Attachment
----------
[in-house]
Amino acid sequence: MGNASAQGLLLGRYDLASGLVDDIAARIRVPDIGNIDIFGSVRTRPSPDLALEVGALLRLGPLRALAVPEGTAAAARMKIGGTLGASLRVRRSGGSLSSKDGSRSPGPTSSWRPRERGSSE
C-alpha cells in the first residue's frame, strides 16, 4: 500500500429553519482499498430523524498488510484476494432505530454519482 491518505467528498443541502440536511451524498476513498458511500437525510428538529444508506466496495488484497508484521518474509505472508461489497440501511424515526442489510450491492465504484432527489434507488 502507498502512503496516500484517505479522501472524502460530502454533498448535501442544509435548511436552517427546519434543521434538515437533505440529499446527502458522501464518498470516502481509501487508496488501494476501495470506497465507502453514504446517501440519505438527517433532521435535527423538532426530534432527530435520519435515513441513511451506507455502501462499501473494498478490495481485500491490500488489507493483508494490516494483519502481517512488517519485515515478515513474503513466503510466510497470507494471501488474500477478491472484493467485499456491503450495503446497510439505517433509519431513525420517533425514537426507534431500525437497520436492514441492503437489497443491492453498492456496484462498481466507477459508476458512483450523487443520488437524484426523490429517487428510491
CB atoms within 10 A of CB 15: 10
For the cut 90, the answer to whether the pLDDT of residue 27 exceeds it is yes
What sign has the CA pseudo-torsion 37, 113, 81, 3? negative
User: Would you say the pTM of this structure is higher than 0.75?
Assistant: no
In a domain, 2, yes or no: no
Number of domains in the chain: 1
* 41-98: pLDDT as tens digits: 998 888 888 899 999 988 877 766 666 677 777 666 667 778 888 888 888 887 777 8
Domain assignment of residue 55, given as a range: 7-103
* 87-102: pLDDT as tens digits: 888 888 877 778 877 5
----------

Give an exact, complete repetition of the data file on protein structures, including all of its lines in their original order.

[in-house]
Amino acid sequence: MGNASAQGLLLGRYDLASGLVDDIAARIRVPDIGNIDIFGSVRTRPSPDLALEVGALLRLGPLRALAVPEGTAAAARMKIGGTLGASLRVRRSGGSLSSKDGSRSPGPTSSWRPRERGSSE
C-alpha cells in the first residue's frame, strides 16, 4: 500500500429553519482499498430523524498488510484476494432505530454519482 491518505467528498443541502440536511451524498476513498458511500437525510428538529444508506466496495488484497508484521518474509505472508461489497440501511424515526442489510450491492465504484432527489434507488 502507498502512503496516500484517505479522501472524502460530502454533498448535501442544509435548511436552517427546519434543521434538515437533505440529499446527502458522501464518498470516502481509501487508496488501494476501495470506497465507502453514504446517501440519505438527517433532521435535527423538532426530534432527530435520519435515513441513511451506507455502501462499501473494498478490495481485500491490500488489507493483508494490516494483519502481517512488517519485515515478515513474503513466503510466510497470507494471501488474500477478491472484493467485499456491503450495503446497510439505517433509519431513525420517533425514537426507534431500525437497520436492514441492503437489497443491492453498492456496484462498481466507477459508476458512483450523487443520488437524484426523490429517487428510491
CB atoms within 10 A of CB 15: 10
For the cut 90, the answer to whether the pLDDT of residue 27 exceeds it is yes
What sign has the CA pseudo-torsion 37, 113, 81, 3? negative
User: Would you say the pTM of this structure is higher than 0.75?
Assistant: no
In a domain, 2, yes or no: no
Number of domains in the chain: 1
* 41-98: pLDDT as tens digits: 998 888 888 899 999 988 877 766 666 677 777 666 667 778 888 888 888 887 777 8
Domain assignment of residue 55, given as a range: 7-103
* 87-102: pLDDT as tens digits: 888 888 877 778 877 5